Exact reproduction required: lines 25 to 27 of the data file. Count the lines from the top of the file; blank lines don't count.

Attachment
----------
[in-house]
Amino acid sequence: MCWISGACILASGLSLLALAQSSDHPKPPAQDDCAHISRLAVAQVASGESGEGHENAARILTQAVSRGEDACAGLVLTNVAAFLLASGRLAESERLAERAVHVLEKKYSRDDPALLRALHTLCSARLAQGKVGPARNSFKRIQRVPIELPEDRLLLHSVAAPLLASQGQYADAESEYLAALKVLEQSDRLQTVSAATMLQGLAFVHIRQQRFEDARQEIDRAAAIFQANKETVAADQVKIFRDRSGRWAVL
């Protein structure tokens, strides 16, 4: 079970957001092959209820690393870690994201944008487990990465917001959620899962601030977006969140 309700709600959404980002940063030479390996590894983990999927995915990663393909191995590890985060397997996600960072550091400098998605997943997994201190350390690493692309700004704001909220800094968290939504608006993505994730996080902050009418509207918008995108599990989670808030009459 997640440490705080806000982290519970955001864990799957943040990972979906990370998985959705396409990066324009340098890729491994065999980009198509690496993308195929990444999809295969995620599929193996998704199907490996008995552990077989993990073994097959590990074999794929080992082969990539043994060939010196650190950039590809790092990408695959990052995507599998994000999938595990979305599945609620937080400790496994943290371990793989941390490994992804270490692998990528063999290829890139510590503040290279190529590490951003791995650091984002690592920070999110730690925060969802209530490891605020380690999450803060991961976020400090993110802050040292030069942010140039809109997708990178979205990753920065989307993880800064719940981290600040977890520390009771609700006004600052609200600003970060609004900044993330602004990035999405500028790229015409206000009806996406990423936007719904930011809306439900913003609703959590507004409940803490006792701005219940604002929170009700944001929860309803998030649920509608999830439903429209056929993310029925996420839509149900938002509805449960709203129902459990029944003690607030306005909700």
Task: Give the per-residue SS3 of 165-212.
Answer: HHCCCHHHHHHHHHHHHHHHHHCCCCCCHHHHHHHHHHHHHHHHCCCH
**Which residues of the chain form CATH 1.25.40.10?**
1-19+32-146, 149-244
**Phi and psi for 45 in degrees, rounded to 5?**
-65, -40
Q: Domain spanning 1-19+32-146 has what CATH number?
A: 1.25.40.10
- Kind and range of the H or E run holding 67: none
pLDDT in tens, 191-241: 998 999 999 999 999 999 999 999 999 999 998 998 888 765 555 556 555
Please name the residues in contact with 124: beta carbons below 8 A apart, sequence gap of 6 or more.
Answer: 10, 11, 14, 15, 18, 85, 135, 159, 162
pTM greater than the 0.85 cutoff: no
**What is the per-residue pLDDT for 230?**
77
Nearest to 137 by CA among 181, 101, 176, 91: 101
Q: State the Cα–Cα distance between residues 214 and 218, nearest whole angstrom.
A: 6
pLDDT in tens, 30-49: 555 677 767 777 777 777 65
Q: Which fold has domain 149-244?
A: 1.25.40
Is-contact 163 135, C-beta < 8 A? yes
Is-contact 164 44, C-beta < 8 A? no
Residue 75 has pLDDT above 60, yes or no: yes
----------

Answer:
Is-contact 163 135, C-beta < 8 A? yes
Is-contact 164 44, C-beta < 8 A? no
Residue 75 has pLDDT above 60, yes or no: yes